I just finished Brené Brown’s new book (via audiobook), Braving the Wilderness: The Quest for True Belonging and the Courage to Stand Alone. I love the funny, irreverent, earnest voice of Dr. Brown and her way of expressing concepts in a way that are user-friendly, actionable and realistic.
Her stories remind me of an experience I had a year ago last September, when I was invited to a meeting held by my company for the international field clinical operations team in one of the largest business units here. I was one of two Latin America team members invited to participate and it was held in a lovely resort in Phoenix, Arizona. It was a 3-day meeting, with numerous opportunities for team-building and professional development, along with rich content from the various cardiac areas for which this business unit provides medical technology.
One morning there was a group run, led by a manager for the field clinical group, to be started out in the trail area of the resort near the hotel. It was a 6 A.M. meeting time, behind the tennis courts and as a runner myself, I thought it would be a nice way to connect with a team that I did not know well. But networking while on a run seemed an excellent idea. My company sponsors a marathon in the Twin Cities, and there are a lot of runners who work here. As a leading healthcare and medical device company, there is a lot of competitive spirit here. It is part of the culture, and I appreciate that it. People do not settle for mediocrity and quality is a value we all share.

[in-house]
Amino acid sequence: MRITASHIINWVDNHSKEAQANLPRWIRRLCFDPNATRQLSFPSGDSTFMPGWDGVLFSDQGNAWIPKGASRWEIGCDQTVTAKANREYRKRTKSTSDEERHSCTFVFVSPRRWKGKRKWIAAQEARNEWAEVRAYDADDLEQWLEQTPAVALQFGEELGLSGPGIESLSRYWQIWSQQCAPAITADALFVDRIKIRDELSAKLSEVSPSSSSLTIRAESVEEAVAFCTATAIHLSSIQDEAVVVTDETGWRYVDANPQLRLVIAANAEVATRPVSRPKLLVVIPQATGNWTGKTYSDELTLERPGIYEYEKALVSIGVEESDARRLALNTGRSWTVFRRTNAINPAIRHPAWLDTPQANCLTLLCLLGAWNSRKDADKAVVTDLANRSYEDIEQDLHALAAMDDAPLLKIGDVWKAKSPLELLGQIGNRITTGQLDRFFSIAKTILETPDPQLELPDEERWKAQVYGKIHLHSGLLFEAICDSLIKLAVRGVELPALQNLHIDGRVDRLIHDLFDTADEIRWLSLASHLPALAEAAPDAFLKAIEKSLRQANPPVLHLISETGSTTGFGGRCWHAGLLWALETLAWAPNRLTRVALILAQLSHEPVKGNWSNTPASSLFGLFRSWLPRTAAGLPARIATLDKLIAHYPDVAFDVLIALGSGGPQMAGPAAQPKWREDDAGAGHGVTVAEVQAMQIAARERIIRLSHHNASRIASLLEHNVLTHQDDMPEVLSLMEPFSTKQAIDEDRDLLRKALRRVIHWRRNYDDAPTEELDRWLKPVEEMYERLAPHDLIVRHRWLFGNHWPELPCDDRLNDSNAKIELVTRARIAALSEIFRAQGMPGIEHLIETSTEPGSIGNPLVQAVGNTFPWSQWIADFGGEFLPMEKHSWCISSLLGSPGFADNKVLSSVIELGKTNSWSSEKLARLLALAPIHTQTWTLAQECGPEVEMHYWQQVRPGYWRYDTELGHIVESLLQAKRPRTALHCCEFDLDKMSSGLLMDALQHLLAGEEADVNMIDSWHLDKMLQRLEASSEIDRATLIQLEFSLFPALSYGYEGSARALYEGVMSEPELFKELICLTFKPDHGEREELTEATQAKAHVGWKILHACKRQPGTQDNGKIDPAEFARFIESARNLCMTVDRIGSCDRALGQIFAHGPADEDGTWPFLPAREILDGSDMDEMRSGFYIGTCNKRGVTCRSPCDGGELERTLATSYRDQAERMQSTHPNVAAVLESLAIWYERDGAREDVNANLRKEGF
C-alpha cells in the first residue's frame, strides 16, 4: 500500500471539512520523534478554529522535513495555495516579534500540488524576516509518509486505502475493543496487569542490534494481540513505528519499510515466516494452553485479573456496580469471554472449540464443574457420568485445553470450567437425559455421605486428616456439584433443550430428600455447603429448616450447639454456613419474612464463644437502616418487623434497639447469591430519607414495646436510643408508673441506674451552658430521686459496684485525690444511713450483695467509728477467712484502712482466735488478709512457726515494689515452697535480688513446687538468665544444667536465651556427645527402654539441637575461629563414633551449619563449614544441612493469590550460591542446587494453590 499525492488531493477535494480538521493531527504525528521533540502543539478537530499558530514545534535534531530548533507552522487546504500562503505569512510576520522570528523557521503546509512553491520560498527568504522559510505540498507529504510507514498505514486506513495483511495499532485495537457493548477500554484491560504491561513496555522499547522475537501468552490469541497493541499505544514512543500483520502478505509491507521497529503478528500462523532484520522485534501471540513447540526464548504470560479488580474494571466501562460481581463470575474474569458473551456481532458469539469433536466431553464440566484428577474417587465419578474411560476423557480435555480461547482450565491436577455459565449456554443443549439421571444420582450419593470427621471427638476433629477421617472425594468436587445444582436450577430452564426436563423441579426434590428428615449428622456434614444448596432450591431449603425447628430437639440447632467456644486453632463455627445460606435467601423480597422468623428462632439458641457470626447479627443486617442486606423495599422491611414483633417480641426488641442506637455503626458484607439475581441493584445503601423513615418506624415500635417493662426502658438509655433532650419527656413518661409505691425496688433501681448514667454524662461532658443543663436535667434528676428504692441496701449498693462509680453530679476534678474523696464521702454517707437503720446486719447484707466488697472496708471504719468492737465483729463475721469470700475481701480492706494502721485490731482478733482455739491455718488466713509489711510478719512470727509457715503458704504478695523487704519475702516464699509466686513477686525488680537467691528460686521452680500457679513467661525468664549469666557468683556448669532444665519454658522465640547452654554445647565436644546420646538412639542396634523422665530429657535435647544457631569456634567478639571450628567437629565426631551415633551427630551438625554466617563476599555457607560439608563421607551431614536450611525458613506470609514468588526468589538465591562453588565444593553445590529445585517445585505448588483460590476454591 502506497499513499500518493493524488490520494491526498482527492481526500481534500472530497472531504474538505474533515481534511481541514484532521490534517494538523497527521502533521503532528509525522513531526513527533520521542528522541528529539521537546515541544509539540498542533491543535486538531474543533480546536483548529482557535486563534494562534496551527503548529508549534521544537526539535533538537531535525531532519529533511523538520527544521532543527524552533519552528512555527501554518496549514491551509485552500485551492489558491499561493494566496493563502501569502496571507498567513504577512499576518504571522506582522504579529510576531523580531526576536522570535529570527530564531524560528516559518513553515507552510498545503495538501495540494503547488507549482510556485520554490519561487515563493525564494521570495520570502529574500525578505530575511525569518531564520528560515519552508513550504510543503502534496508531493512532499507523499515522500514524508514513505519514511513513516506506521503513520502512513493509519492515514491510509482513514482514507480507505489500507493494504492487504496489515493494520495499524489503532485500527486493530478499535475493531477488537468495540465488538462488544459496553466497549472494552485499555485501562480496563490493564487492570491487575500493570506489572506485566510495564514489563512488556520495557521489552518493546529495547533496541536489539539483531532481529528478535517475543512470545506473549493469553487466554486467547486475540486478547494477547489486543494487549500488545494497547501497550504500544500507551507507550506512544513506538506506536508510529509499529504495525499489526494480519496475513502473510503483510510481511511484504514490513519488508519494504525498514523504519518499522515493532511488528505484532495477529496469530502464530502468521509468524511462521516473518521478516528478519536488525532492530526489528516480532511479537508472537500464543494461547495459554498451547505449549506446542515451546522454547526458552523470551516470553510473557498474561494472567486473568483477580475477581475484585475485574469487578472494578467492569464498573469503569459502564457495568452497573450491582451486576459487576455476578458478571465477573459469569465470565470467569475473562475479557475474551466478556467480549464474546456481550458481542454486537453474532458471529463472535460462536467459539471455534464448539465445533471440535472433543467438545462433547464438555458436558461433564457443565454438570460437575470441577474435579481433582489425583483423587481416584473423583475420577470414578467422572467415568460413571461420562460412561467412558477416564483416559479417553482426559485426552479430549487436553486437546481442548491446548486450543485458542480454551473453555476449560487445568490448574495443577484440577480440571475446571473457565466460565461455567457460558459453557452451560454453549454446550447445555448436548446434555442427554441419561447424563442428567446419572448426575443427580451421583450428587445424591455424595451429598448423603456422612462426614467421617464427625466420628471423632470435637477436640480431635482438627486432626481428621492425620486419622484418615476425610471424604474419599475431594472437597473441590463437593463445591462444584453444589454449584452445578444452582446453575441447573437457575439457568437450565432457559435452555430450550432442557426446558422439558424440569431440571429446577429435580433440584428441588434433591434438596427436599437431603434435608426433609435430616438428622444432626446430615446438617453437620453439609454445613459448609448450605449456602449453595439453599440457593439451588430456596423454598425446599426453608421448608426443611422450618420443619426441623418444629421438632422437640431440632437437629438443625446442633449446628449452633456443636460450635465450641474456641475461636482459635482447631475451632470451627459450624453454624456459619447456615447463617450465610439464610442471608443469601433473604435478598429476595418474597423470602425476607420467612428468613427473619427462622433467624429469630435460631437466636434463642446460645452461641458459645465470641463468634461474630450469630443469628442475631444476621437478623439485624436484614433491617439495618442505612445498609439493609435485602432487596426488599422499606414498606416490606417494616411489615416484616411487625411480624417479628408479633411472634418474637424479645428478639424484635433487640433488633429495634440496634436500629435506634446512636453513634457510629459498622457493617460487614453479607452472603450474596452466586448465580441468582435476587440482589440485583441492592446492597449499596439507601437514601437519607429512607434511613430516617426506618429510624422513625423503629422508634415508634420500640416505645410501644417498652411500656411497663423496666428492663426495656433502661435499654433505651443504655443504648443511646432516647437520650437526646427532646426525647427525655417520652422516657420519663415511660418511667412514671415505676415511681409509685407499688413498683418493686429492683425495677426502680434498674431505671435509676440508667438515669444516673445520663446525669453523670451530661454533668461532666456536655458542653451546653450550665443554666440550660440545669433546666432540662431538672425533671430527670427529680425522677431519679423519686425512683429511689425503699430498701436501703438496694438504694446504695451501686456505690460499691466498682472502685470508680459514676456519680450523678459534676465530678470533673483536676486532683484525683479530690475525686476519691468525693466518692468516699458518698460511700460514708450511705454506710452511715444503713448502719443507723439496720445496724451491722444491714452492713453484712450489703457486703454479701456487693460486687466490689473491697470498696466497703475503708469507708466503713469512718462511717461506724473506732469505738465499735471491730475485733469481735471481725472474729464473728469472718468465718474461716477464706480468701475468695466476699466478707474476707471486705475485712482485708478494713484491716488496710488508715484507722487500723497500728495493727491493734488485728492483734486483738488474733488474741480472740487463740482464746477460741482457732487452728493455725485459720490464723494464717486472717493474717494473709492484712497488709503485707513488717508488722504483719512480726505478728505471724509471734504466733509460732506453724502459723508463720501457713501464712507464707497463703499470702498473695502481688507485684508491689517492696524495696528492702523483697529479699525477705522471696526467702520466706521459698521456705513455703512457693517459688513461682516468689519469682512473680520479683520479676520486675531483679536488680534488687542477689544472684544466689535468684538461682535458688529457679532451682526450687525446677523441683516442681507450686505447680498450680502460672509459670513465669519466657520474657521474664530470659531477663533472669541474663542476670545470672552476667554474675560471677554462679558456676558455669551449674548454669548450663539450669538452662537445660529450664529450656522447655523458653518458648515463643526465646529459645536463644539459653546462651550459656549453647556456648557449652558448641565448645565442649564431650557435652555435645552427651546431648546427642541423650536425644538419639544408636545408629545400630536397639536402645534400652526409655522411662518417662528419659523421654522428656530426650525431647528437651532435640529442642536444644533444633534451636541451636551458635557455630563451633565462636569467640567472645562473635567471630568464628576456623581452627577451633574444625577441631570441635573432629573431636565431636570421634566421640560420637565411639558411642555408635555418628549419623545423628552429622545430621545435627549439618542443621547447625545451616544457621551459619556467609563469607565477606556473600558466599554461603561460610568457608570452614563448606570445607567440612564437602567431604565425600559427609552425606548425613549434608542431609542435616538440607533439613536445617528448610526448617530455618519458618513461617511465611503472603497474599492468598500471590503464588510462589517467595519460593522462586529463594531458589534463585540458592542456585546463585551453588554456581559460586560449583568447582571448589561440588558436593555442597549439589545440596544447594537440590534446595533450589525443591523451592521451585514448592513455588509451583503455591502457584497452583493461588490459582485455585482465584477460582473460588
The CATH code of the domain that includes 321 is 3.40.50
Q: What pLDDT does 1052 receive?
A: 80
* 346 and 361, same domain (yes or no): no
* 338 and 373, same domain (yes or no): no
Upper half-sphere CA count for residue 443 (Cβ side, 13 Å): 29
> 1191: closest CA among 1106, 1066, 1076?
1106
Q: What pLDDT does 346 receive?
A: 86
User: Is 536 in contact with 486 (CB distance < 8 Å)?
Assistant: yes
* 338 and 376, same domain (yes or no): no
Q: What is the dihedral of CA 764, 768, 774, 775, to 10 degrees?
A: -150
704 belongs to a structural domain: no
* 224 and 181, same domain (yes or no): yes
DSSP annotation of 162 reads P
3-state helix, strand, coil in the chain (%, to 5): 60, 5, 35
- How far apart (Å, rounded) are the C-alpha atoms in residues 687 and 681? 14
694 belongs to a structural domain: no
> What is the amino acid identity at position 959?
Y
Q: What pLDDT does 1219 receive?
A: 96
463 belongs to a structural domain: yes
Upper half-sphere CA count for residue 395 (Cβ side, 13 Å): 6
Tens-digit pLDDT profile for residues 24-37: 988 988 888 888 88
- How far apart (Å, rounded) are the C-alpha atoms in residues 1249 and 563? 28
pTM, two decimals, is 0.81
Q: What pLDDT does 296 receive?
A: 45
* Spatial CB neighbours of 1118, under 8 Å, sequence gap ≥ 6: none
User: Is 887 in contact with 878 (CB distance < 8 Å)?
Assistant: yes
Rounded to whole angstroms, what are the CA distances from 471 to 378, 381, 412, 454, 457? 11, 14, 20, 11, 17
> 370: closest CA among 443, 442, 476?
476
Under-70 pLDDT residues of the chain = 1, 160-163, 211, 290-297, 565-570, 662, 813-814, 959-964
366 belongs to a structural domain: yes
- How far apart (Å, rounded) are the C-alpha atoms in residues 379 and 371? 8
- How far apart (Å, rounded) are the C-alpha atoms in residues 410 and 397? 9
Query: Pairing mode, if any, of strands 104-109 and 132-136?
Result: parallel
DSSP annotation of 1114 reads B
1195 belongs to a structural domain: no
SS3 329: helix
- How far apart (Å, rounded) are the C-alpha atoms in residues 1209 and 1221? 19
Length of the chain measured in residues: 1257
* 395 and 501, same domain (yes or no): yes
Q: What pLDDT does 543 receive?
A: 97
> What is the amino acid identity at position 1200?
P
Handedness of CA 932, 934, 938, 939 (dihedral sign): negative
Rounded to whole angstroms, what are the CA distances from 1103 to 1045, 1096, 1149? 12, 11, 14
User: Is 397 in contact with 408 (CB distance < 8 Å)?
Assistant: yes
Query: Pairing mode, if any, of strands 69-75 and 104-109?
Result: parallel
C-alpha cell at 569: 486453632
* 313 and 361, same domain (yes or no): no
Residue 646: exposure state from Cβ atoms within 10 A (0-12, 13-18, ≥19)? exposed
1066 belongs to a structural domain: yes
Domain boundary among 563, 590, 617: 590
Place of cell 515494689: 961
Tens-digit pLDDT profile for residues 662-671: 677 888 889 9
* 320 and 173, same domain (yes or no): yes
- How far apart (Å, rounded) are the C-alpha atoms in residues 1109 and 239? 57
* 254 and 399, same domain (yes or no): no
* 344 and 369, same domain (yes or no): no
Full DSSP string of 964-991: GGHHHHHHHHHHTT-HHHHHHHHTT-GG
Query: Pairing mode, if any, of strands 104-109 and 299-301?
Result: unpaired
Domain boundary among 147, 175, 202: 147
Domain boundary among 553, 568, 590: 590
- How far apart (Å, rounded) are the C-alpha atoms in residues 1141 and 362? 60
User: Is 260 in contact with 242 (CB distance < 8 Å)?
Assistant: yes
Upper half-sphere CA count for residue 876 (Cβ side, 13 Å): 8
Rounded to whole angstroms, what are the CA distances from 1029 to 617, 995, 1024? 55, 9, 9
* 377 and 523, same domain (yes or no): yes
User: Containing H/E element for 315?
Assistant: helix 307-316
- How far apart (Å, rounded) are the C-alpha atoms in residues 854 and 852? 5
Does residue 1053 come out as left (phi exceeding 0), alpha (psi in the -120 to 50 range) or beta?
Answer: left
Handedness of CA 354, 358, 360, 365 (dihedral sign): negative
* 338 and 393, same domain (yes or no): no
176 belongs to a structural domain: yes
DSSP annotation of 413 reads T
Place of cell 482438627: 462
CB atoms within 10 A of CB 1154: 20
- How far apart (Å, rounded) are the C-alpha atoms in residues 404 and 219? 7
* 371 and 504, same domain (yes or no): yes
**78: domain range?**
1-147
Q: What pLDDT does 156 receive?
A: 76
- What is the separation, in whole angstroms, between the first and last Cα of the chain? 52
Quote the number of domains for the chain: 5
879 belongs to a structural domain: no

I am known to foster a spirit of cooperation over competition on my own team. These values are not mutually exclusive but the paths may look different. Individual competition can be a valuable thing and I admire and respect people with high internal standards for their work. I hope I can count myself among those, and I work hard to demonstrate that.
Interestingly, the group was all women. I was a bit surprised at this. I thought that perhaps these women knew each other fairly well, and probably had run together before, at least sub-groups of them. Sure enough, several people were training for 10-miler races or marathons. I am not a fast runner, and these days I typically run at a 10- to 11-minute mile at race pace. I run for fun and I run to clear the static from my brain. I sometimes run with groups of friends, or one other running buddy but mostly I run alone and I enjoy the solitude